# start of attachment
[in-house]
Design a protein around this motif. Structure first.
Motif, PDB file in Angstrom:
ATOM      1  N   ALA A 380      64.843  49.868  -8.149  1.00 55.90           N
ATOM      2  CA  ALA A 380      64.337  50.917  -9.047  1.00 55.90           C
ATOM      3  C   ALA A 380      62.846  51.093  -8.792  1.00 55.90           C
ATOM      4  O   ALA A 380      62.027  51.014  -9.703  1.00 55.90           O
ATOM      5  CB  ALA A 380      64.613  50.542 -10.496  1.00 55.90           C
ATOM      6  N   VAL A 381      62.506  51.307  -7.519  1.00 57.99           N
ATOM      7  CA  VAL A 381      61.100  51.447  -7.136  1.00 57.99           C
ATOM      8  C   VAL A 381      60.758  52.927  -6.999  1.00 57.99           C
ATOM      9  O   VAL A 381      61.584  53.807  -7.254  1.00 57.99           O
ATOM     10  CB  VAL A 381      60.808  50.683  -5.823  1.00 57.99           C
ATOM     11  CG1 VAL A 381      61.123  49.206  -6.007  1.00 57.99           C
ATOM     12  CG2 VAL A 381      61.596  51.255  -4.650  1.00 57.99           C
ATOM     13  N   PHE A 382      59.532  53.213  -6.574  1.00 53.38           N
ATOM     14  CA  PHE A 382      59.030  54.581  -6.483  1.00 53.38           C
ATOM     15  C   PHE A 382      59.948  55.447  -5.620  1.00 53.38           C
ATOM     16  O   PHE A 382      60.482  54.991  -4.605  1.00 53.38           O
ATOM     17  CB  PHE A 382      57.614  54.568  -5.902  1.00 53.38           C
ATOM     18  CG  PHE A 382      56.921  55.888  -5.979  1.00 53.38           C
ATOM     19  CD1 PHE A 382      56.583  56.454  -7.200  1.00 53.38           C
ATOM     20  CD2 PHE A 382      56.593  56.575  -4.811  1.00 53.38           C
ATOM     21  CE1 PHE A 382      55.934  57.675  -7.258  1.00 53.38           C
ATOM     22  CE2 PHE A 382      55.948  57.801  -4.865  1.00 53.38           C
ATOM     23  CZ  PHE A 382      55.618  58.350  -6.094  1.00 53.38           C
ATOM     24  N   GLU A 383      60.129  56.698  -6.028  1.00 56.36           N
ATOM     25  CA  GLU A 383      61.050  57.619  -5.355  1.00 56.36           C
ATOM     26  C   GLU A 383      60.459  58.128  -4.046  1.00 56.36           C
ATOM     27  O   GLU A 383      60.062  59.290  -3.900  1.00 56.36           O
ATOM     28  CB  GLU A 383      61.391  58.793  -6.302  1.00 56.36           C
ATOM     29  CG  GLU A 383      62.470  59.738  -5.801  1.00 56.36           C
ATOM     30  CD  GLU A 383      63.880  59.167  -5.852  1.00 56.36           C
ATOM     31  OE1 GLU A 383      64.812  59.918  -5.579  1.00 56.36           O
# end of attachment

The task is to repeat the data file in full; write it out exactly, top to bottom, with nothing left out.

[in-house]
Design a protein around this motif. Structure first.
Motif, PDB file in Angstrom:
ATOM      1  N   ALA A 380      64.843  49.868  -8.149  1.00 55.90           N
ATOM      2  CA  ALA A 380      64.337  50.917  -9.047  1.00 55.90           C
ATOM      3  C   ALA A 380      62.846  51.093  -8.792  1.00 55.90           C
ATOM      4  O   ALA A 380      62.027  51.014  -9.703  1.00 55.90           O
ATOM      5  CB  ALA A 380      64.613  50.542 -10.496  1.00 55.90           C
ATOM      6  N   VAL A 381      62.506  51.307  -7.519  1.00 57.99           N
ATOM      7  CA  VAL A 381      61.100  51.447  -7.136  1.00 57.99           C
ATOM      8  C   VAL A 381      60.758  52.927  -6.999  1.00 57.99           C
ATOM      9  O   VAL A 381      61.584  53.807  -7.254  1.00 57.99           O
ATOM     10  CB  VAL A 381      60.808  50.683  -5.823  1.00 57.99           C
ATOM     11  CG1 VAL A 381      61.123  49.206  -6.007  1.00 57.99           C
ATOM     12  CG2 VAL A 381      61.596  51.255  -4.650  1.00 57.99           C
ATOM     13  N   PHE A 382      59.532  53.213  -6.574  1.00 53.38           N
ATOM     14  CA  PHE A 382      59.030  54.581  -6.483  1.00 53.38           C
ATOM     15  C   PHE A 382      59.948  55.447  -5.620  1.00 53.38           C
ATOM     16  O   PHE A 382      60.482  54.991  -4.605  1.00 53.38           O
ATOM     17  CB  PHE A 382      57.614  54.568  -5.902  1.00 53.38           C
ATOM     18  CG  PHE A 382      56.921  55.888  -5.979  1.00 53.38           C
ATOM     19  CD1 PHE A 382      56.583  56.454  -7.200  1.00 53.38           C
ATOM     20  CD2 PHE A 382      56.593  56.575  -4.811  1.00 53.38           C
ATOM     21  CE1 PHE A 382      55.934  57.675  -7.258  1.00 53.38           C
ATOM     22  CE2 PHE A 382      55.948  57.801  -4.865  1.00 53.38           C
ATOM     23  CZ  PHE A 382      55.618  58.350  -6.094  1.00 53.38           C
ATOM     24  N   GLU A 383      60.129  56.698  -6.028  1.00 56.36           N
ATOM     25  CA  GLU A 383      61.050  57.619  -5.355  1.00 56.36           C
ATOM     26  C   GLU A 383      60.459  58.128  -4.046  1.00 56.36           C
ATOM     27  O   GLU A 383      60.062  59.290  -3.900  1.00 56.36           O
ATOM     28  CB  GLU A 383      61.391  58.793  -6.302  1.00 56.36           C
ATOM     29  CG  GLU A 383      62.470  59.738  -5.801  1.00 56.36           C
ATOM     30  CD  GLU A 383      63.880  59.167  -5.852  1.00 56.36           C
ATOM     31  OE1 GLU A 383      64.812  59.918  -5.579  1.00 56.36           O